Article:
We work with them day in and day out on not just how we market the series and market to their customers, but also some of the competition changes that you've seen, different tweaks that we've made to the formats, Matt and his team have been right at the table with us. It's been a huge partnership.
Matt and his team have always been very involved in the Names Are Made Here positioning. It's great to see it come to life with the drivers on my left.
THE MODERATOR: To those drivers on your left, we've all watched you climb the ladder here in NASCAR. It would be great to hear from each of you about what your favorite memory from the series was.
CHRIS BUESCHER: For me, the 2015 season, my favorite memory was, I'm sure we'll all say the same thing, but winning a championship in one of the top divisions of NASCAR, getting to do it with XFINITY coming in as a new partner for that season, made for a lot of fun.
I learned a lot that season, as well as I think everyone at XFINITY did, as well. I was able to go to the racetrack, really realize how much they were trying to rejuvenate the title sponsorship of the series, trying to make it into something that we recognize and push the Names Are Made Here brand. It was something that really got me heading in the right direction.
The championship year there, we got to the end of it, the only one without a Chase, that was a little bit different than it is now. The nerves were no different there at the end, I can promise you that.
Post Homestead, getting to go to Philadelphia and get to meet everybody with Comcast and XFINITY, tour the city, was one of the coolest backstage access deals I've ever gotten to be a part of. Gotten to do a lot of cool things since, but that was one of the more in‑depth.
Really appreciative of everything they've done for our sport. Glad we can say we're going to be seeing you for another couple hundred more. Just appreciate the opportunity to get to have my year there. Looking forward to coming back and making some more races as we can make it happen.
THE MODERATOR: Daniel, your favorite NASCAR XFINITY Series memory for you?
DANIEL SUAREZ: I guess I'm going to sound a little boring, but you can't win championships every year. The way that we were able to get it done, it was in the first year of the new format of Playoffs. That year was so competitive. I mean, I just feel like we were in the position where whoever was going to be able to win everything was going to win the championship. Luckily everything work out well for us. Winning the pole position, the most laps, win the race, win the championship. It was a perfect weekend for us. Definitely that would be a weekend that I will never forget.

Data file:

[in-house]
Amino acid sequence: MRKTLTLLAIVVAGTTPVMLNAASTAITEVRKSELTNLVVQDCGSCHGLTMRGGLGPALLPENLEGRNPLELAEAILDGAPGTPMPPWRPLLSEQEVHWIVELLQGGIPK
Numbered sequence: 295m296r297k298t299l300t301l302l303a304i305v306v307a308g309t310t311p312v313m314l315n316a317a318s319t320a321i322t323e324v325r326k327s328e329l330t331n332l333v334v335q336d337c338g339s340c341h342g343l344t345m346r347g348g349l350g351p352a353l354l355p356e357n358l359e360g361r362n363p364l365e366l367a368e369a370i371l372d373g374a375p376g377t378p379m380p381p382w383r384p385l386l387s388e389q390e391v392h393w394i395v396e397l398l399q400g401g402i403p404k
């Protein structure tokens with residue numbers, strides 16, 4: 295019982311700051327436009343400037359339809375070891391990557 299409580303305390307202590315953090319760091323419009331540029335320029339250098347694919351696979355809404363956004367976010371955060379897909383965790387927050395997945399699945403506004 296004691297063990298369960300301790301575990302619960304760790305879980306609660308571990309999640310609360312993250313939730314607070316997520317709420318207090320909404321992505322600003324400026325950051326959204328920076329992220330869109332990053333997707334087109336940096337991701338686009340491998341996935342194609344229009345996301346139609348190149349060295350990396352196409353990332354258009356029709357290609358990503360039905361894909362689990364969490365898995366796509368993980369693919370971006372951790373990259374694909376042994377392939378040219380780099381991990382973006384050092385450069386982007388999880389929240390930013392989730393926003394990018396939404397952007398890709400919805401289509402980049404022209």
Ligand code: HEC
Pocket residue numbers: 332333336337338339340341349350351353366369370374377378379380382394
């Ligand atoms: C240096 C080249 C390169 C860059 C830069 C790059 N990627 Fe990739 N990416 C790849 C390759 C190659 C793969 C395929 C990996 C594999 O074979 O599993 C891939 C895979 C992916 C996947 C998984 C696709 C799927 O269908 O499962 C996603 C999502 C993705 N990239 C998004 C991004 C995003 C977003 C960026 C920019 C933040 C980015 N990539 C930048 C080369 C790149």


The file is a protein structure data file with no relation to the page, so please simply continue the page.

As well, in the beginning of my career in the XFINITY Series, making that step from the K&N Series, which I didn't have a lot of experience. Everything in my career has been happening quick. I didn't have any idea what I was doing the first year, 2015. Things ended up working out well. That year was special for that reason, as well.
I feel like maybe one of the most learning years that I have had in my career so far. Obviously that gave us the opportunity to fight for a championship in 2016.
Just excited to be here, excited to put my name in that list of Names Are Made Here. I'm going to be racing this Saturday afternoon, so I'm still excited of every time that Joe Gibbs, my team, Coach Gibbs, asks me the question if I want to keep racing XFINITY. I don't wait two seconds to say, Yeah, put me in the car, we'll be having some fun.
Excited to be here in the race week.
THE MODERATOR: William, it feels like only a few days since you stepped out of the car as an XFINITY Series champion. Talk about your favorite memory.
WILLIAM BYRON: Yeah, obviously just like these guys said, the biggest memory you have is that championship. But I think some of the things that XFINITY did for us that were really cool during the year were the Dash 4 Cash race, being able to run for that, have some incentive outside of just winning the race.
When some of the Cup guys were in the race, it gave us a chance to race against our competitors. The format this year was really cool with having to be the top two in the first stage, then be the top two in the second stage, go after it in the third one. That was pretty neat.
I would say that was cool, winning the Dash 4 Cash at Dover. Then the wins we had, the way XFINITY was able to market myself and other drivers, kind of get us out in the spotlight, bridge the gap between us and the Cup Series, was really important.
Obviously the XFINITY championship was the coolest part of last year. I always look back on that as something that I'll keep in mind. You never have a chance to really do that again. That was really special.